Dam fine idea for Murchison River
As WA faces looming water shortages, Binnu farmer Bob Cornell has his own ideas about tackling future water supplies.
Mr Cornell would like to dam the Murchison River.
“My idea is to take the water from above ground,” he said.
“They’ve been talking about damming Lake Argyle for years, but we’ve got plenty of water here.”
Mr Cornell said the Murchison provided millions of gigalitres of fresh water that would otherwise run out to sea.
He said the Kalbarri Gorges could act as a sink for the Murchison’s water.
Department of Water Midwest Gascoyne manager Adam Maskew said damming the Murchison was unviable at this stage.
“The department has investigated potential surface water sources on the Murchison River, but there are issues with water quality – such as salinity and turbidity,” he said.
Mr Maskew said the Kalbarri National Park limited the number of sites where the river could be dammed.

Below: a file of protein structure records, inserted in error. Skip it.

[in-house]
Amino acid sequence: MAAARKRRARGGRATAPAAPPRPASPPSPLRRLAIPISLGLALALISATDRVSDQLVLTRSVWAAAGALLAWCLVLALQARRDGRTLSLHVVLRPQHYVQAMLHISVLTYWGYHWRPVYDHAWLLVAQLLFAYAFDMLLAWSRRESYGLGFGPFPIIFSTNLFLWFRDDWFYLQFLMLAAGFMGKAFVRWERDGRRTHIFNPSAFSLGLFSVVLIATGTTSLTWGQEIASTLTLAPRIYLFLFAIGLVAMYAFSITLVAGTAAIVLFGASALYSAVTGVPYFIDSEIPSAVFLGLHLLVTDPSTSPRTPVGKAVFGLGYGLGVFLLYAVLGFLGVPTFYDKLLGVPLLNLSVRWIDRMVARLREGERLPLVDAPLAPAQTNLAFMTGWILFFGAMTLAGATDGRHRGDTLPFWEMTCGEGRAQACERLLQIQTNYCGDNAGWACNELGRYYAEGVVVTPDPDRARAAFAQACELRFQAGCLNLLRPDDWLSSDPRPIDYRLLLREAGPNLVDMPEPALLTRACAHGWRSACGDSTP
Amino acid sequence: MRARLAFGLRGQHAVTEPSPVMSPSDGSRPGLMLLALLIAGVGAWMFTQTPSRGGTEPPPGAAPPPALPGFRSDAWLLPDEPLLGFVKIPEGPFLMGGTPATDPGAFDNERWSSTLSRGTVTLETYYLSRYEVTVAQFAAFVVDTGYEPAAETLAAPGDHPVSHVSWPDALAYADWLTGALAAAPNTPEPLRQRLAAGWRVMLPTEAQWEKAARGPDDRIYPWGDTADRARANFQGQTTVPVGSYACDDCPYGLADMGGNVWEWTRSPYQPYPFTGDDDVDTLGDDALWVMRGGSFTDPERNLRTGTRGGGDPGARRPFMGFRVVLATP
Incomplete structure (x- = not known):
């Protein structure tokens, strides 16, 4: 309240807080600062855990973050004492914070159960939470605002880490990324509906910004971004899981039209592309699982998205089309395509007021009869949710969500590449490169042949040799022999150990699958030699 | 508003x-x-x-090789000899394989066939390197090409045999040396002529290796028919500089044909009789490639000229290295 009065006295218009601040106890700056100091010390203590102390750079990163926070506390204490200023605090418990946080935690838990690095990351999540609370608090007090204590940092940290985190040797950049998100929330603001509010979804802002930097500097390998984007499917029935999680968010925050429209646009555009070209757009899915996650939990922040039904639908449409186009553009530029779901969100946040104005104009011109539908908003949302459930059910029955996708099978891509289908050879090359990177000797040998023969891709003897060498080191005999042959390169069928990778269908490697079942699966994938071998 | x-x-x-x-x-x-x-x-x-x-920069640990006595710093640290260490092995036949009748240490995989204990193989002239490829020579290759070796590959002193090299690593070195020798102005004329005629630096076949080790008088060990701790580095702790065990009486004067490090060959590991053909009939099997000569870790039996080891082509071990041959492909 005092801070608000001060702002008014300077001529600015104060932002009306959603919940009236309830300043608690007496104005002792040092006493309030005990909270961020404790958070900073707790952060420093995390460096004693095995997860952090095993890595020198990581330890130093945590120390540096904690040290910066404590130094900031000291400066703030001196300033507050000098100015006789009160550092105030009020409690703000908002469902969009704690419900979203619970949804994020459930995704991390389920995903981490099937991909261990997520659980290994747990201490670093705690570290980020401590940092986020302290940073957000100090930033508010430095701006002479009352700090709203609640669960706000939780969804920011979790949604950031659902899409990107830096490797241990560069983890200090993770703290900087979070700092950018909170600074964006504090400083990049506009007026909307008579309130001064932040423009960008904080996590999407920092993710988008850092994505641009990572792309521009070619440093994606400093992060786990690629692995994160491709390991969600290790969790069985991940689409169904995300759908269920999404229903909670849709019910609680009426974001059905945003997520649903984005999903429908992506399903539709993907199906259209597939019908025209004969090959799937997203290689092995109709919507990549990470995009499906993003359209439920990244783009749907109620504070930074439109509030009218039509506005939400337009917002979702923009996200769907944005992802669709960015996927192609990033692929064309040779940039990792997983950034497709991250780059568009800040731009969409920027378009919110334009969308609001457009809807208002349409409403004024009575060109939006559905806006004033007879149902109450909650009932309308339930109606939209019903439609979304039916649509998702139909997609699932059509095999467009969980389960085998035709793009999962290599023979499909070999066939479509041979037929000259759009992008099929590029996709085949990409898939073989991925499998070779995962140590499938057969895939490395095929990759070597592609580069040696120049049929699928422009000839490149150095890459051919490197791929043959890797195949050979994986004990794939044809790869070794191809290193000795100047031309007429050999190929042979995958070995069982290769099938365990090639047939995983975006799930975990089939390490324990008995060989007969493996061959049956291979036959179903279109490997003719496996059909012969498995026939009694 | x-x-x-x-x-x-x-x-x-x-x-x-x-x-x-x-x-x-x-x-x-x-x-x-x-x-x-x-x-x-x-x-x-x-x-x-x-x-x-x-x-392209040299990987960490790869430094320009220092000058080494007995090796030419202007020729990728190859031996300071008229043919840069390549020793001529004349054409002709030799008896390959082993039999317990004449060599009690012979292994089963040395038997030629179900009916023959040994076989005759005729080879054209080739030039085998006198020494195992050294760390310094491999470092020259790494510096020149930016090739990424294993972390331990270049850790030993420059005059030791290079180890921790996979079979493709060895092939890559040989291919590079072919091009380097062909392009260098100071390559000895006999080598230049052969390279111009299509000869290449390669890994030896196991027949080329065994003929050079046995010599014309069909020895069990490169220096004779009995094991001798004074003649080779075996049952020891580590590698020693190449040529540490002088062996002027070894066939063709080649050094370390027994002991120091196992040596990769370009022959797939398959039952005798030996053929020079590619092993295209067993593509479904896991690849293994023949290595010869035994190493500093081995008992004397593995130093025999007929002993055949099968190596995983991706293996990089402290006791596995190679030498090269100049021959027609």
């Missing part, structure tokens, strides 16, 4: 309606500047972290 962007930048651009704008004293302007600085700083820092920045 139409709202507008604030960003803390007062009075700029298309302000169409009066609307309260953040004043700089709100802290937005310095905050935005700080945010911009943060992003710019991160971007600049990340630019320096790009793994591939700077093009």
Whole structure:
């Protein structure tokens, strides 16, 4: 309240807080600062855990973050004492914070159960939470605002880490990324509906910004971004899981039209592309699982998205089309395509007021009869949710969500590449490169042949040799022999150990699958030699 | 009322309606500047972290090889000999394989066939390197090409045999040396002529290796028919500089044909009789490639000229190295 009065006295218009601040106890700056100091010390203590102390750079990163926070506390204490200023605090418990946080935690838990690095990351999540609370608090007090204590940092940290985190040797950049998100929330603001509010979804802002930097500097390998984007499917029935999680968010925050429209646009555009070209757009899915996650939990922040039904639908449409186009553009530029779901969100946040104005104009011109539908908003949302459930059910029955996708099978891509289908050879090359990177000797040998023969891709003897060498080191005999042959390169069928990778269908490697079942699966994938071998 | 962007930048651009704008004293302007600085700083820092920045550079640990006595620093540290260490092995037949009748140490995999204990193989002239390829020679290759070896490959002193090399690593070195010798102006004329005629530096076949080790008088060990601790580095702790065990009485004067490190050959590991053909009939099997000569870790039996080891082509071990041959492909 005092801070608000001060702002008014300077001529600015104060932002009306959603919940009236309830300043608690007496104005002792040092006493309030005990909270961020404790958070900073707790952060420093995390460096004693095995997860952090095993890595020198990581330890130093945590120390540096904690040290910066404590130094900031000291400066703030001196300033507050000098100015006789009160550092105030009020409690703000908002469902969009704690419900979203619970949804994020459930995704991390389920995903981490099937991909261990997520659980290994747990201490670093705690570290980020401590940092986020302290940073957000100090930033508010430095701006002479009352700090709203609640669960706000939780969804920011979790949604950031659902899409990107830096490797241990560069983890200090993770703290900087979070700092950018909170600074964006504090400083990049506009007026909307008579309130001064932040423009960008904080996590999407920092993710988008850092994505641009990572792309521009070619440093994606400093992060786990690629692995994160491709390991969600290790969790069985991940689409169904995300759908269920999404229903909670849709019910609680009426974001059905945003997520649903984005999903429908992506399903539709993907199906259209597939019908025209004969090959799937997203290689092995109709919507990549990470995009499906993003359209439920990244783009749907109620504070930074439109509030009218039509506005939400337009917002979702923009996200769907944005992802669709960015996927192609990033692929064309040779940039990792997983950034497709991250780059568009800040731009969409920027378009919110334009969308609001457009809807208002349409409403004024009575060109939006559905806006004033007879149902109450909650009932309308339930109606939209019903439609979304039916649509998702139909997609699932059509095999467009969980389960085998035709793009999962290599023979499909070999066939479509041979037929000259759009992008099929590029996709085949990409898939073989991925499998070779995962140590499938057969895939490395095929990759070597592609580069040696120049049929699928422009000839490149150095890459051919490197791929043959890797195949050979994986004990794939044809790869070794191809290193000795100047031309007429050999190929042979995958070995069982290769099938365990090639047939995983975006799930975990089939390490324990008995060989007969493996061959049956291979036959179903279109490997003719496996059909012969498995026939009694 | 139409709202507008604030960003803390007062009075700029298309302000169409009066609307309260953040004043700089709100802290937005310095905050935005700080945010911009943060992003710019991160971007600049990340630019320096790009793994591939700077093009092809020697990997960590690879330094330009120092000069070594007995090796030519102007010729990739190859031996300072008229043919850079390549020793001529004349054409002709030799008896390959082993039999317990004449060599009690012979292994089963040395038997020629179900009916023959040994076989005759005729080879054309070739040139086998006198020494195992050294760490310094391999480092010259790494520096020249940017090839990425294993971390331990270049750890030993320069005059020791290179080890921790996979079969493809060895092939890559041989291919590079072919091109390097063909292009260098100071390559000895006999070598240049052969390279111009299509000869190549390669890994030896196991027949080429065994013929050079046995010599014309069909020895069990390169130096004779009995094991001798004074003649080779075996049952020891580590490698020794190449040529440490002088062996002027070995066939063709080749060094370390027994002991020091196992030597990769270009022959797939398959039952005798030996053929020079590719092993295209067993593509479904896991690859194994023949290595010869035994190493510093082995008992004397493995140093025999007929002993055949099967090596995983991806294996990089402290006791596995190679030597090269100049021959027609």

Mr Cornell said he would like to see a cost comparison between setting up a desalination plant for sea water, damming Lake Argyle and damming the Murchison.
Controversy has surrounded water supplies in the Mid West as mining projects and horticulture users look to groundwater sources.
Karara Mining’s application to draw water from the Parmelia aquifer in Mingenew has caused strong objections.
The Nationals MLA Grant Woodhams said the Karara Mining water stoush was a sign of things to come.
“Karara and Mingenew is one episode in a few ongoing and shows that as a nation we are at the point where water has become more important now than it has ever been,” he said.
Mr Cornell informed Grant Woodhams of his idea, but it was brushed to one side.
“Damming the Murchison is not something we are looking at,” Mr Woodhams said. “There are a whole other range of priorities a long way ahead of that.”
Mr Woodhams said damming the Gascoyne River was an important prospect the government was considering.
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